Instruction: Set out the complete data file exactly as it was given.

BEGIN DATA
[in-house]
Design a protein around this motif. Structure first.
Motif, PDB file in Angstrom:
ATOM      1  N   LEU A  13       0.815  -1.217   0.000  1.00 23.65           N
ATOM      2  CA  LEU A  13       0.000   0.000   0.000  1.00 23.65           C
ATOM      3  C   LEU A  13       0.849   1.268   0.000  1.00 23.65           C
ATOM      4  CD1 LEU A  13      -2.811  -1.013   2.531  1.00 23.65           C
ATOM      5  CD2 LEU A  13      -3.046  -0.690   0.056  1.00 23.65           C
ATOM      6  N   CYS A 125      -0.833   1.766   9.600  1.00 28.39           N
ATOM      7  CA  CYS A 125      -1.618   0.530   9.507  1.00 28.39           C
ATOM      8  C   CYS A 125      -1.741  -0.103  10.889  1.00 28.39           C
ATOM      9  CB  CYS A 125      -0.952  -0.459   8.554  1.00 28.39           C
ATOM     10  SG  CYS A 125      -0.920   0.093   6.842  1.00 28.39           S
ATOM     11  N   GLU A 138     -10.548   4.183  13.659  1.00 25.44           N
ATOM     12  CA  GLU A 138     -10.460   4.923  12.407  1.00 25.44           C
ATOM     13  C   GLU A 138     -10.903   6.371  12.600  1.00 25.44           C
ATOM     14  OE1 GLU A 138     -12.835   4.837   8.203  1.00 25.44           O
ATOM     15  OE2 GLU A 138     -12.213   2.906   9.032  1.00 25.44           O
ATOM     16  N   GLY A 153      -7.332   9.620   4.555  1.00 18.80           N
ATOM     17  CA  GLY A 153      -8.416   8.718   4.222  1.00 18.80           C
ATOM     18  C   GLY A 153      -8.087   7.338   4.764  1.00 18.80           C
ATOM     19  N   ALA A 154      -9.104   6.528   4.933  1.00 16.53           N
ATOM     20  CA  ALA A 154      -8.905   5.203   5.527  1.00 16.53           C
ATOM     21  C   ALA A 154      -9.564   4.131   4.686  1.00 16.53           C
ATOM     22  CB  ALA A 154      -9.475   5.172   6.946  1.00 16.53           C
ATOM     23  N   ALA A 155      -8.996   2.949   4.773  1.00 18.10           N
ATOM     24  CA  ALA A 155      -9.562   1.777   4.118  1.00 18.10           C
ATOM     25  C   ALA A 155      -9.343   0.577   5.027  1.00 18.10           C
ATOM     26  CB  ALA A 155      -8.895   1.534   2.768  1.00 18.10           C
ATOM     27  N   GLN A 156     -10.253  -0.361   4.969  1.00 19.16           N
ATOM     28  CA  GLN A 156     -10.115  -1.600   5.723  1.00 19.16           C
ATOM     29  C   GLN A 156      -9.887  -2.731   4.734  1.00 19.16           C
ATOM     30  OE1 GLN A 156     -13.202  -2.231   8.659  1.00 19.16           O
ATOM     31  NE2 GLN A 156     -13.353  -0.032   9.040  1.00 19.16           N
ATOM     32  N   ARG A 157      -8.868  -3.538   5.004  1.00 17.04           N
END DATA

[in-house]
Design a protein around this motif. Structure first.
Motif, PDB file in Angstrom:
ATOM      1  N   LEU A  13       0.815  -1.217   0.000  1.00 23.65           N
ATOM      2  CA  LEU A  13       0.000   0.000   0.000  1.00 23.65           C
ATOM      3  C   LEU A  13       0.849   1.268   0.000  1.00 23.65           C
ATOM      4  CD1 LEU A  13      -2.811  -1.013   2.531  1.00 23.65           C
ATOM      5  CD2 LEU A  13      -3.046  -0.690   0.056  1.00 23.65           C
ATOM      6  N   CYS A 125      -0.833   1.766   9.600  1.00 28.39           N
ATOM      7  CA  CYS A 125      -1.618   0.530   9.507  1.00 28.39           C
ATOM      8  C   CYS A 125      -1.741  -0.103  10.889  1.00 28.39           C
ATOM      9  CB  CYS A 125      -0.952  -0.459   8.554  1.00 28.39           C
ATOM     10  SG  CYS A 125      -0.920   0.093   6.842  1.00 28.39           S
ATOM     11  N   GLU A 138     -10.548   4.183  13.659  1.00 25.44           N
ATOM     12  CA  GLU A 138     -10.460   4.923  12.407  1.00 25.44           C
ATOM     13  C   GLU A 138     -10.903   6.371  12.600  1.00 25.44           C
ATOM     14  OE1 GLU A 138     -12.835   4.837   8.203  1.00 25.44           O
ATOM     15  OE2 GLU A 138     -12.213   2.906   9.032  1.00 25.44           O
ATOM     16  N   GLY A 153      -7.332   9.620   4.555  1.00 18.80           N
ATOM     17  CA  GLY A 153      -8.416   8.718   4.222  1.00 18.80           C
ATOM     18  C   GLY A 153      -8.087   7.338   4.764  1.00 18.80           C
ATOM     19  N   ALA A 154      -9.104   6.528   4.933  1.00 16.53           N
ATOM     20  CA  ALA A 154      -8.905   5.203   5.527  1.00 16.53           C
ATOM     21  C   ALA A 154      -9.564   4.131   4.686  1.00 16.53           C
ATOM     22  CB  ALA A 154      -9.475   5.172   6.946  1.00 16.53           C
ATOM     23  N   ALA A 155      -8.996   2.949   4.773  1.00 18.10           N
ATOM     24  CA  ALA A 155      -9.562   1.777   4.118  1.00 18.10           C
ATOM     25  C   ALA A 155      -9.343   0.577   5.027  1.00 18.10           C
ATOM     26  CB  ALA A 155      -8.895   1.534   2.768  1.00 18.10           C
ATOM     27  N   GLN A 156     -10.253  -0.361   4.969  1.00 19.16           N
ATOM     28  CA  GLN A 156     -10.115  -1.600   5.723  1.00 19.16           C
ATOM     29  C   GLN A 156      -9.887  -2.731   4.734  1.00 19.16           C
ATOM     30  OE1 GLN A 156     -13.202  -2.231   8.659  1.00 19.16           O
ATOM     31  NE2 GLN A 156     -13.353  -0.032   9.040  1.00 19.16           N
ATOM     32  N   ARG A 157      -8.868  -3.538   5.004  1.00 17.04           N